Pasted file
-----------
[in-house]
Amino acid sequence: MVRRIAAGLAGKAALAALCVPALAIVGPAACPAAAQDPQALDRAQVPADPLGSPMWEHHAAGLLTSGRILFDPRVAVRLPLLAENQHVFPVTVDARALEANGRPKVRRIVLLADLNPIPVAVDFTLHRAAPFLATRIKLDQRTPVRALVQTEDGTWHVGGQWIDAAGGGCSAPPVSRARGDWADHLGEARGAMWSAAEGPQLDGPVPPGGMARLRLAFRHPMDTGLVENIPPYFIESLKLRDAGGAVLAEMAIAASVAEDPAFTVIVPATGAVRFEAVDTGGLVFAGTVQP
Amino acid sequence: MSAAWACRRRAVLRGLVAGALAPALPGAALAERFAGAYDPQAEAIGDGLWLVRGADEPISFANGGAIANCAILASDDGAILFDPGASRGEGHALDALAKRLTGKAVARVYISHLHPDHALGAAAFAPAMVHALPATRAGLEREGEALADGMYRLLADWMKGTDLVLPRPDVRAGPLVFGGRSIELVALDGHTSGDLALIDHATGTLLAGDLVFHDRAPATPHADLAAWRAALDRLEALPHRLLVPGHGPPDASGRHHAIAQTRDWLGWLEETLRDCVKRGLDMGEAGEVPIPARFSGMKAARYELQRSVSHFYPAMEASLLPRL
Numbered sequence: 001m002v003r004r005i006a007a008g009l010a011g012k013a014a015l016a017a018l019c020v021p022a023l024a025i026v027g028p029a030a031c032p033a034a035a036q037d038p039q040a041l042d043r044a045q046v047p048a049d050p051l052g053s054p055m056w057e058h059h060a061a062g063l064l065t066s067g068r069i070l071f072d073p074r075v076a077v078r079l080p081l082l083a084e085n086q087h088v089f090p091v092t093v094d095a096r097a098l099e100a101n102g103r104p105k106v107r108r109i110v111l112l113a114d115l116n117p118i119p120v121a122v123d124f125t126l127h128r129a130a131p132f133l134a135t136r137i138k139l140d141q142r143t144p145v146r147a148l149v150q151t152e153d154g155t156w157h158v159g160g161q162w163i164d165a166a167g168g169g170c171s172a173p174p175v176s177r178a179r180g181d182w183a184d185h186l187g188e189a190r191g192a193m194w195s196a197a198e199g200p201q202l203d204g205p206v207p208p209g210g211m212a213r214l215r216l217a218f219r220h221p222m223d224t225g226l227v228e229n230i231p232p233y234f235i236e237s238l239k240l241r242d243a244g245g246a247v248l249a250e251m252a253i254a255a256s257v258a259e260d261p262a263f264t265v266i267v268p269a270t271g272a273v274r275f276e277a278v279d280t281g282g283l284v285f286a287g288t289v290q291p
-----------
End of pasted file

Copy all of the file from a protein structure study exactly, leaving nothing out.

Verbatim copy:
[in-house]
Amino acid sequence: MVRRIAAGLAGKAALAALCVPALAIVGPAACPAAAQDPQALDRAQVPADPLGSPMWEHHAAGLLTSGRILFDPRVAVRLPLLAENQHVFPVTVDARALEANGRPKVRRIVLLADLNPIPVAVDFTLHRAAPFLATRIKLDQRTPVRALVQTEDGTWHVGGQWIDAAGGGCSAPPVSRARGDWADHLGEARGAMWSAAEGPQLDGPVPPGGMARLRLAFRHPMDTGLVENIPPYFIESLKLRDAGGAVLAEMAIAASVAEDPAFTVIVPATGAVRFEAVDTGGLVFAGTVQP
Amino acid sequence: MSAAWACRRRAVLRGLVAGALAPALPGAALAERFAGAYDPQAEAIGDGLWLVRGADEPISFANGGAIANCAILASDDGAILFDPGASRGEGHALDALAKRLTGKAVARVYISHLHPDHALGAAAFAPAMVHALPATRAGLEREGEALADGMYRLLADWMKGTDLVLPRPDVRAGPLVFGGRSIELVALDGHTSGDLALIDHATGTLLAGDLVFHDRAPATPHADLAAWRAALDRLEALPHRLLVPGHGPPDASGRHHAIAQTRDWLGWLEETLRDCVKRGLDMGEAGEVPIPARFSGMKAARYELQRSVSHFYPAMEASLLPRL
Numbered sequence: 001m002v003r004r005i006a007a008g009l010a011g012k013a014a015l016a017a018l019c020v021p022a023l024a025i026v027g028p029a030a031c032p033a034a035a036q037d038p039q040a041l042d043r044a045q046v047p048a049d050p051l052g053s054p055m056w057e058h059h060a061a062g063l064l065t066s067g068r069i070l071f072d073p074r075v076a077v078r079l080p081l082l083a084e085n086q087h088v089f090p091v092t093v094d095a096r097a098l099e100a101n102g103r104p105k106v107r108r109i110v111l112l113a114d115l116n117p118i119p120v121a122v123d124f125t126l127h128r129a130a131p132f133l134a135t136r137i138k139l140d141q142r143t144p145v146r147a148l149v150q151t152e153d154g155t156w157h158v159g160g161q162w163i164d165a166a167g168g169g170c171s172a173p174p175v176s177r178a179r180g181d182w183a184d185h186l187g188e189a190r191g192a193m194w195s196a197a198e199g200p201q202l203d204g205p206v207p208p209g210g211m212a213r214l215r216l217a218f219r220h221p222m223d224t225g226l227v228e229n230i231p232p233y234f235i236e237s238l239k240l241r242d243a244g245g246a247v248l249a250e251m252a253i254a255a256s257v258a259e260d261p262a263f264t265v266i267v268p269a270t271g272a273v274r275f276e277a278v279d280t281g282g283l284v285f286a287g288t289v290q291p